JANUARY SALE IS HERE | SHOP NOW >

3 Ways To Measure A Customer's Ring Size As A Jeweller

One of the most frustrating statements you hear being a jeweller - "I don't know my ring size!" Do not fear! There are plenty of ways you can offer this service to your client, so you can both relax knowing it will fit after all your hard work at the bench. Below, we share 3 great products which could help you secure a sale...

Offer A Free Multi Sizer Ring Sizing Gauge

At Kernowcraft, we offer a ring sizer in a pack of 10 which is extremely easy to use and affordable too. It works just like a belt, all you need to do is push the end through the buckle to form a ring shape and slip it onto your finger and adjust until it’s a comfortable fit. Check that the ring sizer slips back over the knuckle easily before reading the size.

Offer a ring sizer for free on your website

Who doesn't love a freebie? Many jewellers feature this ring sizer on their website for free and only charge for the postage. This means you can entice a potential new customer to connect and build trust with your business with the goal to get a sale once they know their size.

Top tip: Price the ring sizer on your website and then deduct the cost if they choose to purchase an item from you!

Bring them along to craft fairs and workshops

Someone pops over to your stand and none of your rings fit them! If they love a particular ring, this is your chance to grab a commission and make another in their size. If they don't know their size, bring out your ring sizer to secure the sale.

You could even hand them out as freebies - don't forget to give them a business card if they take one so they won't forget about your business.

Ask The Client To Send You A Ring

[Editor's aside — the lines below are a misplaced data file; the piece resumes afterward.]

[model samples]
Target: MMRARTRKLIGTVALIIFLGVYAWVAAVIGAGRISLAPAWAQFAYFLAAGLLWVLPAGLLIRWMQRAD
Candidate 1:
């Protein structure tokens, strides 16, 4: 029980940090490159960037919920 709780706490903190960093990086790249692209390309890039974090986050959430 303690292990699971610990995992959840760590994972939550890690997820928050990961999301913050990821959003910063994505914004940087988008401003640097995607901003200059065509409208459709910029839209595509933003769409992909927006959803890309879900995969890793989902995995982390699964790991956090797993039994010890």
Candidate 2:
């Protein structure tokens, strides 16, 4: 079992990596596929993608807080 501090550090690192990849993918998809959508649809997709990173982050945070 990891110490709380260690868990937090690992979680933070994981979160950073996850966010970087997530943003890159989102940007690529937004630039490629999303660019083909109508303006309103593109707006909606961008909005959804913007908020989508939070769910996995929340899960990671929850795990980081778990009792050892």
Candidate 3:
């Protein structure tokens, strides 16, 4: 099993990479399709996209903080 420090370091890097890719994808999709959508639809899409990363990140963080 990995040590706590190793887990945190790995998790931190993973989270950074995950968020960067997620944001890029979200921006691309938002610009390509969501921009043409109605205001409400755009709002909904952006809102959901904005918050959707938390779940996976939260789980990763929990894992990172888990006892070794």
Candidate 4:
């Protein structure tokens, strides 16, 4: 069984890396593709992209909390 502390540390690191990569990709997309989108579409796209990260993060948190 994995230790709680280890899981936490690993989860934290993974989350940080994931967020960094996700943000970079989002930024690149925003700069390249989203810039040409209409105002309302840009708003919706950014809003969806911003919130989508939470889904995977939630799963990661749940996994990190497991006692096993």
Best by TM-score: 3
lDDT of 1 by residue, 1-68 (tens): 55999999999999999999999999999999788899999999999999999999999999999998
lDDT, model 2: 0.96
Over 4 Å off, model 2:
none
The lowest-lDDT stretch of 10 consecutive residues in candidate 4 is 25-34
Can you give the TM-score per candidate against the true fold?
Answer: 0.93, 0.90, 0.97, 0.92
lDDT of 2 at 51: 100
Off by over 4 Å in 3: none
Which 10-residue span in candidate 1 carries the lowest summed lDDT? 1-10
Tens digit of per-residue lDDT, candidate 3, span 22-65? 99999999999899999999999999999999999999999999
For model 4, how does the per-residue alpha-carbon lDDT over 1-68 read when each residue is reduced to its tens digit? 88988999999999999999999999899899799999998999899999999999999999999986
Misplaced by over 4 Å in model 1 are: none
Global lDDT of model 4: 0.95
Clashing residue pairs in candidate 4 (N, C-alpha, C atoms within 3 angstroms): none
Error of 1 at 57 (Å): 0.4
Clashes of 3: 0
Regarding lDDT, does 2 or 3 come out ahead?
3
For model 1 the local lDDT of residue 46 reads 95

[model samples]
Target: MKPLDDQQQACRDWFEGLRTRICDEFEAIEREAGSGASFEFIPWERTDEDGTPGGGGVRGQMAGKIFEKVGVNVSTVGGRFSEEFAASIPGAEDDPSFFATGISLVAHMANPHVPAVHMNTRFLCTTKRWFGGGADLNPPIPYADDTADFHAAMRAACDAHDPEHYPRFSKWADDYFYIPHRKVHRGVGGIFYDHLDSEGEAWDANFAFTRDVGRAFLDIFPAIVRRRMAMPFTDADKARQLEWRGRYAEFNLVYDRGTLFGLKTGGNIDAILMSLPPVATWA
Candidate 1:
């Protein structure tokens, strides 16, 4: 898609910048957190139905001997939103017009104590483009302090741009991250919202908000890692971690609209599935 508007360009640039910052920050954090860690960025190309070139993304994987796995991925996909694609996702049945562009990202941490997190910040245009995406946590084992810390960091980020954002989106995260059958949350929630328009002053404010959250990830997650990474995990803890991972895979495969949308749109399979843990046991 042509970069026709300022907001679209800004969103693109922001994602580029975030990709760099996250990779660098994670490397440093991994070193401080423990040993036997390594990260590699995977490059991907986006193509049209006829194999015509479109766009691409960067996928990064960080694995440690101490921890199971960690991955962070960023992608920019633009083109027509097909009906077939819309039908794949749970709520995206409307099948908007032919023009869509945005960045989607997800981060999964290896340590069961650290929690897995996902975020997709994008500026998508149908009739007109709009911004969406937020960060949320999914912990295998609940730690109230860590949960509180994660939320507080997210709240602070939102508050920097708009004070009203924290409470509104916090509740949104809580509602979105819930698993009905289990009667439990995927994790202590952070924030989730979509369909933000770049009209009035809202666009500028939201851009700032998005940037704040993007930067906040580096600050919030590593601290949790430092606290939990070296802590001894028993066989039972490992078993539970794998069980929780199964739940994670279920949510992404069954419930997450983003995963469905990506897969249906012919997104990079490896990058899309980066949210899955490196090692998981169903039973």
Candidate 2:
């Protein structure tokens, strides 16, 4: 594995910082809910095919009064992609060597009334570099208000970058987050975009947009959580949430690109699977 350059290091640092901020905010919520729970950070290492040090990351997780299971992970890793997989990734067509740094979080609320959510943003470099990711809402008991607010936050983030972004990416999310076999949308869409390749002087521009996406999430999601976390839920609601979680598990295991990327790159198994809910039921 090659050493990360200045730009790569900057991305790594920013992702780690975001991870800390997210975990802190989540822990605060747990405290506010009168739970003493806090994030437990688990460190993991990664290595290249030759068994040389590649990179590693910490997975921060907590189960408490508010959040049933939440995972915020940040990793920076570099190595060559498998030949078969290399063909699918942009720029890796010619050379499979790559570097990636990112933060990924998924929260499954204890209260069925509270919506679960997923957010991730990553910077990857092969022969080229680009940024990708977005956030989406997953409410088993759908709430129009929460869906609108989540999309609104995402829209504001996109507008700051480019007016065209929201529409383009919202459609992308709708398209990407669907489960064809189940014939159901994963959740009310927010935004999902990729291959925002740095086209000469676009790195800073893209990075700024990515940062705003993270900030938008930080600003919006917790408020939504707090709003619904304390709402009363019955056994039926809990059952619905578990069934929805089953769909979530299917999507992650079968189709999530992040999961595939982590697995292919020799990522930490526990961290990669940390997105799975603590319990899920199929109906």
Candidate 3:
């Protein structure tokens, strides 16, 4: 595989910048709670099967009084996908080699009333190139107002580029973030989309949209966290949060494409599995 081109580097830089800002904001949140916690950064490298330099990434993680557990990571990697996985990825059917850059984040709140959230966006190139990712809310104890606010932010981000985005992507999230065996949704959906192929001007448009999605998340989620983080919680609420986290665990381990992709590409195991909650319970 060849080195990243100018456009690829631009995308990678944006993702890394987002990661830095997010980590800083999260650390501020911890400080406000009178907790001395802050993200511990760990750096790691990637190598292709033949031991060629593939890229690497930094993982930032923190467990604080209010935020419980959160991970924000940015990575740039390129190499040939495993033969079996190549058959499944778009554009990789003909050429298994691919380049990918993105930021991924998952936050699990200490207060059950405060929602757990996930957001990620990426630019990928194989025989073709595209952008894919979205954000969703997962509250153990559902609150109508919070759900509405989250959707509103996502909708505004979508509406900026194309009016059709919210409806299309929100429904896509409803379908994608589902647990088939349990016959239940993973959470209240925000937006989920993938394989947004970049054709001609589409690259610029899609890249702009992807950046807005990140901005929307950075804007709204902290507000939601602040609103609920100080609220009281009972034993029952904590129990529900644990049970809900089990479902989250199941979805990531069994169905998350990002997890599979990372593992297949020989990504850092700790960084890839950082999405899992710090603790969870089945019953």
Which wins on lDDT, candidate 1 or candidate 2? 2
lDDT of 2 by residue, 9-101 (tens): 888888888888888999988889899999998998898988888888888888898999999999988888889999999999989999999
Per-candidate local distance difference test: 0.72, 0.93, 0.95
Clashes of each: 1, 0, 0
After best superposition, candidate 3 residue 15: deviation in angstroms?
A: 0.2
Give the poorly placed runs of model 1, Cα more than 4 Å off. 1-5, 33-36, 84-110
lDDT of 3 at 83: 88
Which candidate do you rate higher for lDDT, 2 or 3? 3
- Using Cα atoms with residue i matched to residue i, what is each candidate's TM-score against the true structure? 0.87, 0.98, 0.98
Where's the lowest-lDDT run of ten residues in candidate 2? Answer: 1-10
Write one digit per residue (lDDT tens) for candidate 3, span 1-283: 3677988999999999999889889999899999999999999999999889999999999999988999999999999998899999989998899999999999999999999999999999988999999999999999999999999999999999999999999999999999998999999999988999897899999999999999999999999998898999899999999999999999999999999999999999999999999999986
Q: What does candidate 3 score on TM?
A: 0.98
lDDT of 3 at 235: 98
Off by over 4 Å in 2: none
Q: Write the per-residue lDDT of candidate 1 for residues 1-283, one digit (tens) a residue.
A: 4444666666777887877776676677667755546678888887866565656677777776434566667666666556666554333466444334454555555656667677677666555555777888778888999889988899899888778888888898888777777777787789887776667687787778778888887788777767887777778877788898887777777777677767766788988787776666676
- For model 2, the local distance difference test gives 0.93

This genuine Wheatsheaf ring size stick is an essential tool for the accurate measuring of rings, marked with UK ring sizes from A-Z. This is especially great if a ring is being made as a surprise such as an engagement ring - although risky, you could ask them to send you an existing ring which will give you a good indication of the size needed.

The ring size stick is lightweight and has a comfortable wooden handle, making is a great tool to have at hand in the workshop for measuring existing rings. This is not suitable for shaping, forming or stretching rings as this could damage the stick and result in inaccuracy of sizing - please see our steel triblet which is specifically made for this.

Use A Finger Ring Gauge To Measure Their Fingers

This genuine Wheatsheaf ring gauge is an essential tool for the accurate measuring of rings, marked with UK ring sizes from A-Z, plus 6 additional larger sizes.

Each ring is approximately 2mm wide and is threaded onto a closed hoop. If your client is close by, invite them over to measure their fingers. This is a much better quality and choice than using plastic as it doesn't loose its shape.

The beauty of this tool is that your client can try on a few different sizes to find the most comfortable fit.

Top tips for measuring ring sizes

Take into consideration the ring design/brief

Depending on the design and thickness of the ring band, this can alter the ring size needed - for example, larger ring bands often need to be in a larger size.

Measure fingers in the evening

Fingers shrink and expand depending on the temperature, so it's recommended to measure fingers in the evening when your fingers are likely to be at their largest.

Did you know, your dominant hand is slightly larger?

If your client is looking for an engagement ring, be aware that if they send you a ring often worn on their partner's other hand - be aware that the dominant hand is often bigger so it's good to let your client know this.

Better to go slightly smaller

If in doubt, and you do not have an accurate ring size to work with, always go smaller as it's easier to enlarge a ring by a small amount rather than make it smaller! (to make a ring smaller you will need to cut some metal out and re-solder). Many rings can be enlarged by a size or two simply by placing it over a triblet and hammering the band with a slight downward motion with a rawhide mallet to push it down the taper and stretch it.